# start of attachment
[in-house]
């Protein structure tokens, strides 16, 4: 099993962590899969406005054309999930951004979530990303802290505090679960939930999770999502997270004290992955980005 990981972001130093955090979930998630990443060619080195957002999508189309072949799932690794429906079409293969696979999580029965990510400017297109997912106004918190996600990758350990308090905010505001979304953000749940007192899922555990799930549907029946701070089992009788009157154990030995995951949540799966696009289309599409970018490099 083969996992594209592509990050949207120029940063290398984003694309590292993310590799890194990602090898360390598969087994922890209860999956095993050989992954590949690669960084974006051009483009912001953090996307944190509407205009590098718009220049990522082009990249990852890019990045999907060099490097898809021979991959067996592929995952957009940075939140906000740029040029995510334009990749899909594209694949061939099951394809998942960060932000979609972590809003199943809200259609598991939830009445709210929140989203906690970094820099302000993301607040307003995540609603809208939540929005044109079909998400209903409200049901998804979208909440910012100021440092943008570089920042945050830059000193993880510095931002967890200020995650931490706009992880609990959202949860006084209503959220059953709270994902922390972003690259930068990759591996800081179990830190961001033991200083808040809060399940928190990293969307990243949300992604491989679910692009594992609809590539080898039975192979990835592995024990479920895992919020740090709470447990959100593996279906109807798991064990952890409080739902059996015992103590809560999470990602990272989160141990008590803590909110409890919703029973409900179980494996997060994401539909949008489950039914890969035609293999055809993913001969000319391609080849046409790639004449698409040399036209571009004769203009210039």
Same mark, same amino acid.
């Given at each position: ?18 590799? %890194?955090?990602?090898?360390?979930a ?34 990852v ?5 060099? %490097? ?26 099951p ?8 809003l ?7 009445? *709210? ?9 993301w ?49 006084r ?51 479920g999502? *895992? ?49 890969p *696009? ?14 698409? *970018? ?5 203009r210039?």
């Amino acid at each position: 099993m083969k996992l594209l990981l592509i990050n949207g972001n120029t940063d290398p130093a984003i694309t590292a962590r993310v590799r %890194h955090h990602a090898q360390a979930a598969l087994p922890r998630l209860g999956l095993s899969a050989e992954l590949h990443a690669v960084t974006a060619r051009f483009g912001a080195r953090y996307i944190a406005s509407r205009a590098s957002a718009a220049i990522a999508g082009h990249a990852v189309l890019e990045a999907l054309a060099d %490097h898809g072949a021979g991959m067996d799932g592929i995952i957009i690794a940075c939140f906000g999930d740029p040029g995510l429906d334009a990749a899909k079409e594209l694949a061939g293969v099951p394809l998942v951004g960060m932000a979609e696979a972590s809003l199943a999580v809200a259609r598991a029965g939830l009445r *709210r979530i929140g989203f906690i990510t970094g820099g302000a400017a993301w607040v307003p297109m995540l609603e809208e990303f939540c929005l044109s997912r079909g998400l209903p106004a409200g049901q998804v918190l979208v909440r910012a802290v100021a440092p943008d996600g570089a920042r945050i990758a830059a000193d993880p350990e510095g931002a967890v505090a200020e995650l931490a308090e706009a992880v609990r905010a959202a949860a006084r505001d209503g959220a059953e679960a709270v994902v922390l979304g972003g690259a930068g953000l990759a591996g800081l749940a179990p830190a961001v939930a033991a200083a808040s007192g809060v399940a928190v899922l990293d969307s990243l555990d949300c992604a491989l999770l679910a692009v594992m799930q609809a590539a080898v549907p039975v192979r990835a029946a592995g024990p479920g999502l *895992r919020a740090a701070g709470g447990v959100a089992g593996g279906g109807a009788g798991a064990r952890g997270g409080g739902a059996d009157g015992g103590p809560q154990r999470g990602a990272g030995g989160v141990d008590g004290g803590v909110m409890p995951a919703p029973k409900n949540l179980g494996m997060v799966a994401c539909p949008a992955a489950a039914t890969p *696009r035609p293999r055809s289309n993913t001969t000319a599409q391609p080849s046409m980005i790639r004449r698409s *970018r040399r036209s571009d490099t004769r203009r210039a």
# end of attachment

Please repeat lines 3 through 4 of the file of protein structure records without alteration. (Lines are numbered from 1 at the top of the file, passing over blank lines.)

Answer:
Same mark, same amino acid.
């Given at each position: ?18 590799? %890194?955090?990602?090898?360390?979930a ?34 990852v ?5 060099? %490097? ?26 099951p ?8 809003l ?7 009445? *709210? ?9 993301w ?49 006084r ?51 479920g999502? *895992? ?49 890969p *696009? ?14 698409? *970018? ?5 203009r210039?």